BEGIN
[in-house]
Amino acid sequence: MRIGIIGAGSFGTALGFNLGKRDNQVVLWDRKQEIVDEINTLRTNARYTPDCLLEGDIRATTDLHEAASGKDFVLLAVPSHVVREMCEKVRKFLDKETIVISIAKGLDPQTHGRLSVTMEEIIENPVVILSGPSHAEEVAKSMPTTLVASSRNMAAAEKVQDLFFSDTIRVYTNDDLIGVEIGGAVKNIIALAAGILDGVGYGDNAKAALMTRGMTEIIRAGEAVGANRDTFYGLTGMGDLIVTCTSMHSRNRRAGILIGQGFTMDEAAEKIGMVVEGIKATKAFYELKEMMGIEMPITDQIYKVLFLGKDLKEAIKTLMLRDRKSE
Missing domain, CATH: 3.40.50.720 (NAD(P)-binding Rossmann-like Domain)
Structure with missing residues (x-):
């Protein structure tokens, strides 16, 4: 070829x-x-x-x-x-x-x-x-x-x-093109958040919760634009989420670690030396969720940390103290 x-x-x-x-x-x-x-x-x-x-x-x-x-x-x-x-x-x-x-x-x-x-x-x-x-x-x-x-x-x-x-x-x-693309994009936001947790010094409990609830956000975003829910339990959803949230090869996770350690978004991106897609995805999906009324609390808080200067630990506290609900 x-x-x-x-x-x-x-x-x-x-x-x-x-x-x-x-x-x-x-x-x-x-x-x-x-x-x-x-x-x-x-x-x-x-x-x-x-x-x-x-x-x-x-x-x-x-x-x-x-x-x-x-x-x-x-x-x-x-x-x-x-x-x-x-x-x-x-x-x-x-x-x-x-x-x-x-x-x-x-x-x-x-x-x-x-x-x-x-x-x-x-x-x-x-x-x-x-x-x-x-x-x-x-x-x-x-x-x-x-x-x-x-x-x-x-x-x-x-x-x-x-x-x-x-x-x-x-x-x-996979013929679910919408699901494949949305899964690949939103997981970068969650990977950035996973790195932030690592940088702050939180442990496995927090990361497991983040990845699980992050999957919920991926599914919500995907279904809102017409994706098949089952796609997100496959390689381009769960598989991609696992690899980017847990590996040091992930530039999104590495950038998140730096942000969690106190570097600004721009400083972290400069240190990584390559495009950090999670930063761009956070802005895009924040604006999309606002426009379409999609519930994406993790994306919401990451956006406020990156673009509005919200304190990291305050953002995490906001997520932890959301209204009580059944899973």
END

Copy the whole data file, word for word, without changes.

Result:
[in-house]
Amino acid sequence: MRIGIIGAGSFGTALGFNLGKRDNQVVLWDRKQEIVDEINTLRTNARYTPDCLLEGDIRATTDLHEAASGKDFVLLAVPSHVVREMCEKVRKFLDKETIVISIAKGLDPQTHGRLSVTMEEIIENPVVILSGPSHAEEVAKSMPTTLVASSRNMAAAEKVQDLFFSDTIRVYTNDDLIGVEIGGAVKNIIALAAGILDGVGYGDNAKAALMTRGMTEIIRAGEAVGANRDTFYGLTGMGDLIVTCTSMHSRNRRAGILIGQGFTMDEAAEKIGMVVEGIKATKAFYELKEMMGIEMPITDQIYKVLFLGKDLKEAIKTLMLRDRKSE
Missing domain, CATH: 3.40.50.720 (NAD(P)-binding Rossmann-like Domain)
Structure with missing residues (x-):
């Protein structure tokens, strides 16, 4: 070829x-x-x-x-x-x-x-x-x-x-093109958040919760634009989420670690030396969720940390103290 x-x-x-x-x-x-x-x-x-x-x-x-x-x-x-x-x-x-x-x-x-x-x-x-x-x-x-x-x-x-x-x-x-693309994009936001947790010094409990609830956000975003829910339990959803949230090869996770350690978004991106897609995805999906009324609390808080200067630990506290609900 x-x-x-x-x-x-x-x-x-x-x-x-x-x-x-x-x-x-x-x-x-x-x-x-x-x-x-x-x-x-x-x-x-x-x-x-x-x-x-x-x-x-x-x-x-x-x-x-x-x-x-x-x-x-x-x-x-x-x-x-x-x-x-x-x-x-x-x-x-x-x-x-x-x-x-x-x-x-x-x-x-x-x-x-x-x-x-x-x-x-x-x-x-x-x-x-x-x-x-x-x-x-x-x-x-x-x-x-x-x-x-x-x-x-x-x-x-x-x-x-x-x-x-x-x-x-x-x-x-996979013929679910919408699901494949949305899964690949939103997981970068969650990977950035996973790195932030690592940088702050939180442990496995927090990361497991983040990845699980992050999957919920991926599914919500995907279904809102017409994706098949089952796609997100496959390689381009769960598989991609696992690899980017847990590996040091992930530039999104590495950038998140730096942000969690106190570097600004721009400083972290400069240190990584390559495009950090999670930063761009956070802005895009924040604006999309606002426009379409999609519930994406993790994306919401990451956006406020990156673009509005919200304190990291305050953002995490906001997520932890959301209204009580059944899973």